Passivhaus Jargon Explained
Passivhaus, with its emphasis on energy efficiency and sustainability, has gained popularity in the realm of construction and architecture. Particularly with Scotland’s new regulations,
As you delve into this innovative approach, you’ll encounter various jargon words that are crucial to understanding and appreciating the principles of Passivhaus. In this blog post, we’ll demystify the key terms associated with Passivhaus, shedding light on concepts such as Passivhaus Standards, Airtightness, Building Envelope, and more.
Airtightness is a critical aspect of Passivhaus design. It refers to the ability of a building to prevent the uncontrolled flow of air through its envelope. By minimizing air leakage, Passivhaus buildings maintain a stable indoor climate, reducing heat loss in winter and heat gain in summer. Airtightness is typically achieved through careful sealing of joints, using high-quality materials, and employing advanced construction techniques.
The building envelope refers to the external enclosure of a structure, comprising walls, roof, windows, doors, and foundation. In Passivhaus design, the building envelope plays a pivotal role in achieving energy efficiency. It aims to minimize heat transfer between the interior and exterior environments, thereby reducing the building’s reliance on mechanical heating and cooling systems. A well-designed and properly insulated building envelope helps maintain a comfortable indoor temperature year-round.
Embodied carbon refers to the total carbon emissions associated with the production, transportation, and construction of building materials throughout their lifecycle. In Passivhaus design, reducing embodied carbon is crucial for minimizing the environmental impact of a building. Careful material selection, considering factors such as carbon footprint and embodied energy, helps create more sustainable and environmentally friendly structures.
Enerphit is a retrofit standard developed by the Passivhaus Institute. It focuses on achieving high levels of energy efficiency in existing buildings through renovation and retrofit measures. Enerphit provides guidelines and criteria for improving the energy performance of older structures, allowing them to meet the rigorous energy efficiency requirements of the Passivhaus standard.
Net zero refers to the concept of achieving a balance between the amount of energy consumed and the amount of renewable energy generated or offset. In the context of Passivhaus, net-zero energy buildings are designed to produce as much energy as they consume, typically through renewable energy sources such as solar panels. By striving for net zero, Passivhaus buildings contribute to a sustainable future by significantly reducing greenhouse gas emissions.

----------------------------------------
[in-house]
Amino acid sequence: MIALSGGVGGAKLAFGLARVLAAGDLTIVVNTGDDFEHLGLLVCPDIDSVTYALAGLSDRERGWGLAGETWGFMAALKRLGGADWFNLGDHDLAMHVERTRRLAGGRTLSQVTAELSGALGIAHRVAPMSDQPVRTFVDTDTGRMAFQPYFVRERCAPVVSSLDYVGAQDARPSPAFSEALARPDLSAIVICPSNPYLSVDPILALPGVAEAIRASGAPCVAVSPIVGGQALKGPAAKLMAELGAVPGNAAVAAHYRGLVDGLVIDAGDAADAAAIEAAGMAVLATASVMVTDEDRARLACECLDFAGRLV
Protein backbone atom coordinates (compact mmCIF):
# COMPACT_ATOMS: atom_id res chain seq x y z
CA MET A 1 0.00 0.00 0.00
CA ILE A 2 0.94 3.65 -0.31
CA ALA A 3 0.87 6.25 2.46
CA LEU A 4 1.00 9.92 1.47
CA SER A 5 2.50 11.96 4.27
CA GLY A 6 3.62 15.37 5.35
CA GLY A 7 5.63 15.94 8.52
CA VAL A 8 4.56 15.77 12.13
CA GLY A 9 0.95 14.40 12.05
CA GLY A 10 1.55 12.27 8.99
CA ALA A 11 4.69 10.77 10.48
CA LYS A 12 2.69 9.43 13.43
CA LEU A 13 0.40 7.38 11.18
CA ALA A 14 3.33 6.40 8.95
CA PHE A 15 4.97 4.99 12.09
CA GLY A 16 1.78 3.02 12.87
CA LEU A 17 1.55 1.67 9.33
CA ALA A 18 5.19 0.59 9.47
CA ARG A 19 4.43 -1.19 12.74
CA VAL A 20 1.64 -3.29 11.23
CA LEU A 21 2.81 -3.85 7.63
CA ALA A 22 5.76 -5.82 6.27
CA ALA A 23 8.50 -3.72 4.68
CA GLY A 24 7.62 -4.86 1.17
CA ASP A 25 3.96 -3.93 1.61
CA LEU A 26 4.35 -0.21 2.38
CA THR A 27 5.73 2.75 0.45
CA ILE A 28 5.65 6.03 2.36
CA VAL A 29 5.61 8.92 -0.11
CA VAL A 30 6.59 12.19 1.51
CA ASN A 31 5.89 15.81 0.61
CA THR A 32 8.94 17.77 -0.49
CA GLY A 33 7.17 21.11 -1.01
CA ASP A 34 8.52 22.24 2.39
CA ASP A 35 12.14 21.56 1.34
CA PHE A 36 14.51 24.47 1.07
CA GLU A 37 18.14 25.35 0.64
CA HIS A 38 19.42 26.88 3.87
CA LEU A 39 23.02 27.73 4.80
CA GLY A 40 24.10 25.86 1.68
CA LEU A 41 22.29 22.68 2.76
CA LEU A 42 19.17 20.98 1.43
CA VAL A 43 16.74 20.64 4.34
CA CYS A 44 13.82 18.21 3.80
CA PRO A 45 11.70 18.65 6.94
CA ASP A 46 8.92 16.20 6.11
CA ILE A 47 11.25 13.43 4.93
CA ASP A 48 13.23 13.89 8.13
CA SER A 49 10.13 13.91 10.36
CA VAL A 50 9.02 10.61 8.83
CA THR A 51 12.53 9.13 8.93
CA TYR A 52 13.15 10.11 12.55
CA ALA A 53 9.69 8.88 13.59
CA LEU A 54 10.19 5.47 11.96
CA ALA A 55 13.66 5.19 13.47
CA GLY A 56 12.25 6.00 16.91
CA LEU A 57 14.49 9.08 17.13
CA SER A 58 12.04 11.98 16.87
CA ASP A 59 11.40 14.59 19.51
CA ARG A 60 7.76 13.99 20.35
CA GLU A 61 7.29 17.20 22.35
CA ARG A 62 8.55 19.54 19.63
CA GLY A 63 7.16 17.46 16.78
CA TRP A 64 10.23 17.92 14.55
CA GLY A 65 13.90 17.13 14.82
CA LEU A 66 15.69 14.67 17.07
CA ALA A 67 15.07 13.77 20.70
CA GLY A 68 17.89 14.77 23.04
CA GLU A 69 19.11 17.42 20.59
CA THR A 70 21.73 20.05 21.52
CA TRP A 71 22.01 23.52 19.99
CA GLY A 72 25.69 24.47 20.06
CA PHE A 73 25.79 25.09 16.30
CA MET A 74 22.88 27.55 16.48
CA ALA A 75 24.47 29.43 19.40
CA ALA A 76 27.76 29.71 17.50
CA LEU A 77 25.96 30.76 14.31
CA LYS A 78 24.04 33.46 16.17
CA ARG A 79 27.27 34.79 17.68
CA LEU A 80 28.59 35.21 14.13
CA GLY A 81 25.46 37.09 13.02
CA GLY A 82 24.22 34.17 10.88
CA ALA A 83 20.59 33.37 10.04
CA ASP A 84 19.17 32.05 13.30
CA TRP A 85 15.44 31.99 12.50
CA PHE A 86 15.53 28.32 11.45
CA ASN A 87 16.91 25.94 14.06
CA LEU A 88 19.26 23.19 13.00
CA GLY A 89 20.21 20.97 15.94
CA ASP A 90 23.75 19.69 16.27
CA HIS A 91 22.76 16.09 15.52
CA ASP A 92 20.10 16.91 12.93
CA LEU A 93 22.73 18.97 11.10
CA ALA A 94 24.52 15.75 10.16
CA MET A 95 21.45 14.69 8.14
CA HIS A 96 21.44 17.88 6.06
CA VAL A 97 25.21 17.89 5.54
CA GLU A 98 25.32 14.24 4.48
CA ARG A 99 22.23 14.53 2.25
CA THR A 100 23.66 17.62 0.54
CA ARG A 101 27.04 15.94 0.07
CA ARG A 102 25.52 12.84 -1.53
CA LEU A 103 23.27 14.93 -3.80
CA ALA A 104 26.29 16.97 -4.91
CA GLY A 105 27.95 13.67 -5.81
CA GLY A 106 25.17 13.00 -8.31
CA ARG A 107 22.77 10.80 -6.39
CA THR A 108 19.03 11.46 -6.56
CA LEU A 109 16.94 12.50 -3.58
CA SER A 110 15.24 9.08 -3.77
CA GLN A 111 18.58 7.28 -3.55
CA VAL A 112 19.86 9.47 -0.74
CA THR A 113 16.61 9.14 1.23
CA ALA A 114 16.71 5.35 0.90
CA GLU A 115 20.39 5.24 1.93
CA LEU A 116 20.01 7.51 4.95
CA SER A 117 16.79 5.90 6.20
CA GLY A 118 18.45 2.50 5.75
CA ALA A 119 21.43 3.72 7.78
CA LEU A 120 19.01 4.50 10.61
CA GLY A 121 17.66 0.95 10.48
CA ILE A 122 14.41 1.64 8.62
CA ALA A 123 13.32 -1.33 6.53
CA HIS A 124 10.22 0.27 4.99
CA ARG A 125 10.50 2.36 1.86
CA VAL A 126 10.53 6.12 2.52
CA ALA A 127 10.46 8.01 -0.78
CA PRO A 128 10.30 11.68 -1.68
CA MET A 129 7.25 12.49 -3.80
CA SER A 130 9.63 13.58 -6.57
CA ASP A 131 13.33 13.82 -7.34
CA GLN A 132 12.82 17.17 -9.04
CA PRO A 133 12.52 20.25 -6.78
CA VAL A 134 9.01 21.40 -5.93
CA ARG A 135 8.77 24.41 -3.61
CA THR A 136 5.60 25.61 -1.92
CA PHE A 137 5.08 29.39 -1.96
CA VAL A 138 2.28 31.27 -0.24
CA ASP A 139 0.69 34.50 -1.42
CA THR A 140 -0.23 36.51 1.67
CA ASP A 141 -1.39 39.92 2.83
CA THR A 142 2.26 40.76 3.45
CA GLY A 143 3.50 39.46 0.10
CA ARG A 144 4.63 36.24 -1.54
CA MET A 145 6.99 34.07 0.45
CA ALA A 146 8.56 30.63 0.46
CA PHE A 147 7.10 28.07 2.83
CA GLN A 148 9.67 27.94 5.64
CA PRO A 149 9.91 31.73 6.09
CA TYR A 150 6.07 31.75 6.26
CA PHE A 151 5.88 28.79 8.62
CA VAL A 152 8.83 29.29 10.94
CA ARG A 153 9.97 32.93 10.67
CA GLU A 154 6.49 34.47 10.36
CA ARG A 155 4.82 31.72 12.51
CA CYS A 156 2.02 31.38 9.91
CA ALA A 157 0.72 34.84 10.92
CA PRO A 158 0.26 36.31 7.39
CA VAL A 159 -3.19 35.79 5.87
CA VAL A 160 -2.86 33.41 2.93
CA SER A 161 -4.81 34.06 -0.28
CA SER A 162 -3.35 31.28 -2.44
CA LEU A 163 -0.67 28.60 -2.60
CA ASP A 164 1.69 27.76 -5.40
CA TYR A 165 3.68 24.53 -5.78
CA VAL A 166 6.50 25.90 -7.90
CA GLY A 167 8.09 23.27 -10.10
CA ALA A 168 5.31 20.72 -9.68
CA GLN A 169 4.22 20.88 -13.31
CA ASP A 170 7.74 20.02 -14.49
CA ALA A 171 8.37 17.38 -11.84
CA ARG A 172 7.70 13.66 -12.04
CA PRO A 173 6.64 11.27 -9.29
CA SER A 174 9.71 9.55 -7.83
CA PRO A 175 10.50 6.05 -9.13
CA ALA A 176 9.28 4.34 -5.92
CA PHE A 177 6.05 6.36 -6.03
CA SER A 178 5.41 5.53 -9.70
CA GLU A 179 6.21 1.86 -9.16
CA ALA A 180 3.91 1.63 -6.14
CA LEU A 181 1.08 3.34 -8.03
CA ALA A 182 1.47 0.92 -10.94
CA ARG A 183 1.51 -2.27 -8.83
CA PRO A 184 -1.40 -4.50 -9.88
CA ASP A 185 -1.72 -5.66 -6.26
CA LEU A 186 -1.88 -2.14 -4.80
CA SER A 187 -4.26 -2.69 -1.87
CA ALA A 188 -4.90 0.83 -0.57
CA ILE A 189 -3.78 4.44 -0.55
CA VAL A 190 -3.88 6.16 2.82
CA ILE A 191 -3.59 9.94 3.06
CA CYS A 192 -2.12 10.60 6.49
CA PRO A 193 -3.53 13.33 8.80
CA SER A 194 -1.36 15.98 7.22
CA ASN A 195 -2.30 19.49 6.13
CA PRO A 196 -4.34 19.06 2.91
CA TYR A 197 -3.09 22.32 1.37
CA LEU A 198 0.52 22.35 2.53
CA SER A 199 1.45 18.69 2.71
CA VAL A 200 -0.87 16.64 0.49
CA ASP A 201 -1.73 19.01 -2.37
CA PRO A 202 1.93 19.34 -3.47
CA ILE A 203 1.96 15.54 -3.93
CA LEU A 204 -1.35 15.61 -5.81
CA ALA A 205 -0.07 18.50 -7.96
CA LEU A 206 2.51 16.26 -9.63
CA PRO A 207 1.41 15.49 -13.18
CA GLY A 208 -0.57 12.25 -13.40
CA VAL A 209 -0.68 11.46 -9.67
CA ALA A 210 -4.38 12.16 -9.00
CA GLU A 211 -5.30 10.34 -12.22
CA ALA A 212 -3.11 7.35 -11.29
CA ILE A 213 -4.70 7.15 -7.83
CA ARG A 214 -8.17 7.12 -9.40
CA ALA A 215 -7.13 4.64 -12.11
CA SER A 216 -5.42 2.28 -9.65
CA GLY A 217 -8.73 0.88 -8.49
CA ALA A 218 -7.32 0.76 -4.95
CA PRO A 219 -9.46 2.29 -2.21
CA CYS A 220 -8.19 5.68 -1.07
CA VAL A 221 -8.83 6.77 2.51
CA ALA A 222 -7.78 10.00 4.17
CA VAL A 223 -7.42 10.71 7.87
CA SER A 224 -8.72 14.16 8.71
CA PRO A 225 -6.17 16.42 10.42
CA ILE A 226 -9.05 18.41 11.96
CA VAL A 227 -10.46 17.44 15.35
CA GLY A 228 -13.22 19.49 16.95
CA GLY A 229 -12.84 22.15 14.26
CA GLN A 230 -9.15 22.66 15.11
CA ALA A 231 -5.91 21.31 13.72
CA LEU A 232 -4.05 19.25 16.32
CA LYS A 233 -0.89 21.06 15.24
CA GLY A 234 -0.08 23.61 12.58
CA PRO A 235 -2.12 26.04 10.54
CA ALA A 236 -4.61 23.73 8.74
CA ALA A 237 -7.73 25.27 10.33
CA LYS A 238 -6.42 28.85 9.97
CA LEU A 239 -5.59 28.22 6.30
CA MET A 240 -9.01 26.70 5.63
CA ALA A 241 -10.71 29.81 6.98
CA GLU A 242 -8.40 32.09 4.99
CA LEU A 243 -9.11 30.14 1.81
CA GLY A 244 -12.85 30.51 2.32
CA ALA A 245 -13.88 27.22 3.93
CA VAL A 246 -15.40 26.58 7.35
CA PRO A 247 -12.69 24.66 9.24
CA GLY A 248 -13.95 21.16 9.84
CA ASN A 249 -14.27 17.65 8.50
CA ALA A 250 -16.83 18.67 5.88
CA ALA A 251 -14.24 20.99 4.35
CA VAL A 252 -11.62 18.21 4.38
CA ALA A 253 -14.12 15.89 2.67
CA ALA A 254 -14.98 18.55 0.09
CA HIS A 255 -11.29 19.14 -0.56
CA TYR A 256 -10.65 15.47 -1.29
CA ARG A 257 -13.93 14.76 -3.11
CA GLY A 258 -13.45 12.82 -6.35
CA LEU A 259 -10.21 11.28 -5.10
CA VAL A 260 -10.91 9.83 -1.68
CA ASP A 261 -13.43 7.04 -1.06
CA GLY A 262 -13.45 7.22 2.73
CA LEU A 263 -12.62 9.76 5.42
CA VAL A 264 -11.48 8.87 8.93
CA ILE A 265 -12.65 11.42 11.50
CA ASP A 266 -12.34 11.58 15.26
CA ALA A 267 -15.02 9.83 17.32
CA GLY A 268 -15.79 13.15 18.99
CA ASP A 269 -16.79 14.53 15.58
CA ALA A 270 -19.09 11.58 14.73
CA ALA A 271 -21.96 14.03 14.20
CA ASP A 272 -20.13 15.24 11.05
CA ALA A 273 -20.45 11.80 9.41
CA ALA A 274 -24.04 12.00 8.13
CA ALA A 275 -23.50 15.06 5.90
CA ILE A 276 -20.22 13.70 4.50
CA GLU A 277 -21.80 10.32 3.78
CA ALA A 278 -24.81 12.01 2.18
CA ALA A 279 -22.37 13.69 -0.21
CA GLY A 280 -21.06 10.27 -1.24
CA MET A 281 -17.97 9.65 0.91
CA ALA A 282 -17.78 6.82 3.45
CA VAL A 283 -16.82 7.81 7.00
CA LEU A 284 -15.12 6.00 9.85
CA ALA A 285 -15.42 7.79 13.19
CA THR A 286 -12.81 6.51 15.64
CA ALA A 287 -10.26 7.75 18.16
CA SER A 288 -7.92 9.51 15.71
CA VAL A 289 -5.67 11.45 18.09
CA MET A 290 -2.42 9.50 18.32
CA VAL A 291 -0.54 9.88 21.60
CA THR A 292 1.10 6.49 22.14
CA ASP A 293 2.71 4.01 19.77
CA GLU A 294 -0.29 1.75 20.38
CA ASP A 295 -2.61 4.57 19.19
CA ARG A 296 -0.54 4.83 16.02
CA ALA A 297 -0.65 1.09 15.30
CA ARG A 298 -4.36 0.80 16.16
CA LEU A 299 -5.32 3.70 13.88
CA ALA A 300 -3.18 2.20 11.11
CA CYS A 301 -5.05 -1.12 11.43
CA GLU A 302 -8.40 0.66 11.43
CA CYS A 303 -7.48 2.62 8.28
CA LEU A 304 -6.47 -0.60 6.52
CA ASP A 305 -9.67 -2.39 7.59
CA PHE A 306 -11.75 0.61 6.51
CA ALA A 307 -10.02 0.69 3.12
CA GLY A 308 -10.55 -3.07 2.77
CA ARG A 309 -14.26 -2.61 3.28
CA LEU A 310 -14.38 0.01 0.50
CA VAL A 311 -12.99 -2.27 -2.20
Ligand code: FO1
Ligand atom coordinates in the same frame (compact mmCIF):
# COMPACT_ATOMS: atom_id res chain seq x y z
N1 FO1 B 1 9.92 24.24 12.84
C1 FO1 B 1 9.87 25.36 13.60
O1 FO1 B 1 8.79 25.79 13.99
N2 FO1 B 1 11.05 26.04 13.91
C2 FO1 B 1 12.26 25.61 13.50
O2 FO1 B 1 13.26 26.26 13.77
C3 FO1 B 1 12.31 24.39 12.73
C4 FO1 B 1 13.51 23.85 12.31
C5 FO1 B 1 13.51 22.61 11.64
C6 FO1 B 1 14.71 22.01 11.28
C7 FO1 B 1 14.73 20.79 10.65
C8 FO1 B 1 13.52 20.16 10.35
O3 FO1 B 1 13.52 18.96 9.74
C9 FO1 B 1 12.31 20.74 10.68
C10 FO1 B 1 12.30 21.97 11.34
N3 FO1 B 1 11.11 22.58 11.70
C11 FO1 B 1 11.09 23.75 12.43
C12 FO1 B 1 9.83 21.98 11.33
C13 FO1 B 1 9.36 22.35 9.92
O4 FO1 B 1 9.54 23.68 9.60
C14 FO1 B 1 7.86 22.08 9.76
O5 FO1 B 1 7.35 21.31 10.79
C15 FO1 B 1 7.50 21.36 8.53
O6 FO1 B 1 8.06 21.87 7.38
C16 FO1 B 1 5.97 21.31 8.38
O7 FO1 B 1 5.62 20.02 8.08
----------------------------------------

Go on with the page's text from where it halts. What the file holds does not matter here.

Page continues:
Passivhaus, also known as Passive House, is a building design and construction approach that aims to achieve exceptional energy efficiency and comfort. It follows rigorous standards to minimize the energy required for heating and cooling, focusing on creating a high-quality indoor environment while reducing the building’s ecological footprint.
Passivhaus Standards refer to the stringent criteria that buildings must meet to obtain Passivhaus certification. These standards encompass various aspects such as energy consumption limits, airtightness requirements, thermal comfort, and indoor air quality. By adhering to these standards, buildings can ensure optimal energy performance and occupant comfort. These values are:
|Primary energy demand||≤ 135 kWh/m2. yr|
|Primary Energy Renewable (PER)/ Energy Use Intensity (EUI)||≤ 60 kWh/m².year|
|Space heating demand||≤ 15 kWh/m². yr|
|Space cooling demand||≤ 15 kWh/m2. yr|
|Specific cooling load||≤ 10 W/m2|
|Airtightness||≤ 0.6 air changes/ hr @ n50|
|Summer overheating||Max 10% > 25°C|
A thermal bridge refers to a localized area or component within the building envelope that has higher thermal conductivity than the surrounding materials. It acts as a pathway for heat to escape or enter the building, disrupting the overall energy efficiency of the structure. In Passivhaus design, minimizing thermal bridges is essential to maintain consistent indoor temperatures and reduce energy consumption.
Navigating the jargon words surrounding Passivhaus can be daunting, but understanding these concepts is essential for appreciating the principles behind this sustainable building approach. In this blog post, we explored key terms such as Passivhaus, Passivhaus Standards, Airtightness, Building Envelope, and more. Additionally, we introduced Enerphit, embodied carbon, and net zero as important concepts within the Passivhaus realm. By demystifying these jargon words, we hope to equip you with the knowledge to explore and embrace the world of Passivhaus with confidence.
Remember, Passivhaus design strives for energy efficiency, superior indoor comfort, and a reduced ecological footprint, paving the way for a more sustainable built environment.